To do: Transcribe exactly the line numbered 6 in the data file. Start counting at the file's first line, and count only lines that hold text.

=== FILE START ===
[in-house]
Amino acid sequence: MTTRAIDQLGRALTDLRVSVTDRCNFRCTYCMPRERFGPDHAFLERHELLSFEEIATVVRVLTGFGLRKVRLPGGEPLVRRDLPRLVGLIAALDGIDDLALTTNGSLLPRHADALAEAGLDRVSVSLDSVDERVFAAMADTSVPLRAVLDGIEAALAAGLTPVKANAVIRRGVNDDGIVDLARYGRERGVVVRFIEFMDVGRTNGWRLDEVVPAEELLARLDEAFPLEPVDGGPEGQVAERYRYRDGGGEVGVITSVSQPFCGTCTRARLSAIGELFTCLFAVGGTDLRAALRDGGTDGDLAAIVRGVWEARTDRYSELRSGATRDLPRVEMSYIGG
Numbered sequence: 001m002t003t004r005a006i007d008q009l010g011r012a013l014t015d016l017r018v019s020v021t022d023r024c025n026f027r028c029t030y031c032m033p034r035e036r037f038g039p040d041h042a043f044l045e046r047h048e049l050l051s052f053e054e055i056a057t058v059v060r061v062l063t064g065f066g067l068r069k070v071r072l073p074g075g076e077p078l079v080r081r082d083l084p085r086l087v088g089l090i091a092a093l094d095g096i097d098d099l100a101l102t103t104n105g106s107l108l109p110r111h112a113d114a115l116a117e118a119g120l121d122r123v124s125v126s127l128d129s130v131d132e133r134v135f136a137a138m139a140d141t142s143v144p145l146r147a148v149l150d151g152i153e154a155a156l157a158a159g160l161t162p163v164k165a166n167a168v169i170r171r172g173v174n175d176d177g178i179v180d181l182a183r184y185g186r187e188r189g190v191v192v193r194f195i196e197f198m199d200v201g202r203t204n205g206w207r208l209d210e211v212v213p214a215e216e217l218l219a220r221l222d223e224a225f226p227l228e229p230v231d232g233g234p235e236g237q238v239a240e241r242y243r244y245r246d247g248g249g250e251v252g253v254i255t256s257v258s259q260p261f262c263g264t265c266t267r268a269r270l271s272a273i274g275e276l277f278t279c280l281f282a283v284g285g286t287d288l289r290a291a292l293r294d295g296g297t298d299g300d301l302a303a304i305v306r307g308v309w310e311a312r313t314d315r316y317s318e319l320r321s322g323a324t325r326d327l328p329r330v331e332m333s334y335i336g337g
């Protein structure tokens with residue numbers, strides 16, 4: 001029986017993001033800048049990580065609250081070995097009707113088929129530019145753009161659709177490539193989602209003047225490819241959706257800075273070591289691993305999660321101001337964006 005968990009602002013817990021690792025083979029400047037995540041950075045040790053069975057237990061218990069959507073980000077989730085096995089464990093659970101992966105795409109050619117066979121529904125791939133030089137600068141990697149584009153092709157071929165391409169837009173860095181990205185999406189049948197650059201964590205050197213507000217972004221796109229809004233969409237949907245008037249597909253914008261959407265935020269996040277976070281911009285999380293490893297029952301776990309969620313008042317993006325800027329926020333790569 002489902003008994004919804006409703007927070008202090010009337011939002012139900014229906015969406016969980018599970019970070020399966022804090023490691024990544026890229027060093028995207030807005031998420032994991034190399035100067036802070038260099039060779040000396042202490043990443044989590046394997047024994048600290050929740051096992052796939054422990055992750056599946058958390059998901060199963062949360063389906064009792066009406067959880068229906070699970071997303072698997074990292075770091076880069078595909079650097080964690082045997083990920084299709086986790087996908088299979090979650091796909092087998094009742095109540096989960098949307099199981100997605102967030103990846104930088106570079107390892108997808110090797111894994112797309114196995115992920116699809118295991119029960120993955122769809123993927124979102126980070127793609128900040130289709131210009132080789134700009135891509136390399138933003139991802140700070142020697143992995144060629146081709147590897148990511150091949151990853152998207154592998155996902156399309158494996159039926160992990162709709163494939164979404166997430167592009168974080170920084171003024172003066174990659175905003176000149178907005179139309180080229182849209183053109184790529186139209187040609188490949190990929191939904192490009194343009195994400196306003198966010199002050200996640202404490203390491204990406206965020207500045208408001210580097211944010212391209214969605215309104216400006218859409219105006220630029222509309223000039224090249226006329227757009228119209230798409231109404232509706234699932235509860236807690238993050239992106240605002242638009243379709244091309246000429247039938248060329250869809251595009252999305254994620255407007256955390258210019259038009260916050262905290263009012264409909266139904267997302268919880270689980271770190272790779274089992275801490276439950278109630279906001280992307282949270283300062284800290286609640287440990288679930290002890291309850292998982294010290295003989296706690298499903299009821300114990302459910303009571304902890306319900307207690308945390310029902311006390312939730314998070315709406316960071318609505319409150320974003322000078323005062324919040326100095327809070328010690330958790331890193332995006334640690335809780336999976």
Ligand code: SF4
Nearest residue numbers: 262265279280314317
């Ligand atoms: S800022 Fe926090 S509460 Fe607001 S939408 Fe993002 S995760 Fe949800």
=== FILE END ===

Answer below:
Nearest residue numbers: 262265279280314317